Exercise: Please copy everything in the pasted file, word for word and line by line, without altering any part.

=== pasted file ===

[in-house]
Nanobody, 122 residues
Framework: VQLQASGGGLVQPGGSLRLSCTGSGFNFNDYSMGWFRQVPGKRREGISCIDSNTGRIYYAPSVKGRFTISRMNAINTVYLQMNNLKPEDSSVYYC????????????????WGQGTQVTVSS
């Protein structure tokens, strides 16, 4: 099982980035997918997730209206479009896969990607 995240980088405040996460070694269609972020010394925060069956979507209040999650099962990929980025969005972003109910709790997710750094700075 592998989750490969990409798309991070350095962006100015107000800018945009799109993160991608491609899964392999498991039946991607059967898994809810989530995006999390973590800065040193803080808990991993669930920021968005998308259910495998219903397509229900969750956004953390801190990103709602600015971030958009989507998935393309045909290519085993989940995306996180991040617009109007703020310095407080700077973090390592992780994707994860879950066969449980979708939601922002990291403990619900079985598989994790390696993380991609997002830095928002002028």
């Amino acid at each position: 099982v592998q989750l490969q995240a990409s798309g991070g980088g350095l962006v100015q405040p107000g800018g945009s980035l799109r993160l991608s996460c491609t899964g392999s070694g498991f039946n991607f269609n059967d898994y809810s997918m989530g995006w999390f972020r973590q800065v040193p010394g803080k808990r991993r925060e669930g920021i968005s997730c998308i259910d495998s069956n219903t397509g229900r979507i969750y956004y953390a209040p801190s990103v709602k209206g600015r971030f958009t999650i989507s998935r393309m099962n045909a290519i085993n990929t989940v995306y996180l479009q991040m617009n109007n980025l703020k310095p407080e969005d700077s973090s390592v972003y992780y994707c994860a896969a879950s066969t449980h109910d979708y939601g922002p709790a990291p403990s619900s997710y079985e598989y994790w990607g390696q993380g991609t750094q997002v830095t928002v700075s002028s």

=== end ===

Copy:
[in-house]
Nanobody, 122 residues
Framework: VQLQASGGGLVQPGGSLRLSCTGSGFNFNDYSMGWFRQVPGKRREGISCIDSNTGRIYYAPSVKGRFTISRMNAINTVYLQMNNLKPEDSSVYYC????????????????WGQGTQVTVSS
């Protein structure tokens, strides 16, 4: 099982980035997918997730209206479009896969990607 995240980088405040996460070694269609972020010394925060069956979507209040999650099962990929980025969005972003109910709790997710750094700075 592998989750490969990409798309991070350095962006100015107000800018945009799109993160991608491609899964392999498991039946991607059967898994809810989530995006999390973590800065040193803080808990991993669930920021968005998308259910495998219903397509229900969750956004953390801190990103709602600015971030958009989507998935393309045909290519085993989940995306996180991040617009109007703020310095407080700077973090390592992780994707994860879950066969449980979708939601922002990291403990619900079985598989994790390696993380991609997002830095928002002028």
């Amino acid at each position: 099982v592998q989750l490969q995240a990409s798309g991070g980088g350095l962006v100015q405040p107000g800018g945009s980035l799109r993160l991608s996460c491609t899964g392999s070694g498991f039946n991607f269609n059967d898994y809810s997918m989530g995006w999390f972020r973590q800065v040193p010394g803080k808990r991993r925060e669930g920021i968005s997730c998308i259910d495998s069956n219903t397509g229900r979507i969750y956004y953390a209040p801190s990103v709602k209206g600015r971030f958009t999650i989507s998935r393309m099962n045909a290519i085993n990929t989940v995306y996180l479009q991040m617009n109007n980025l703020k310095p407080e969005d700077s973090s390592v972003y992780y994707c994860a896969a879950s066969t449980h109910d979708y939601g922002p709790a990291p403990s619900s997710y079985e598989y994790w990607g390696q993380g991609t750094q997002v830095t928002v700075s002028s």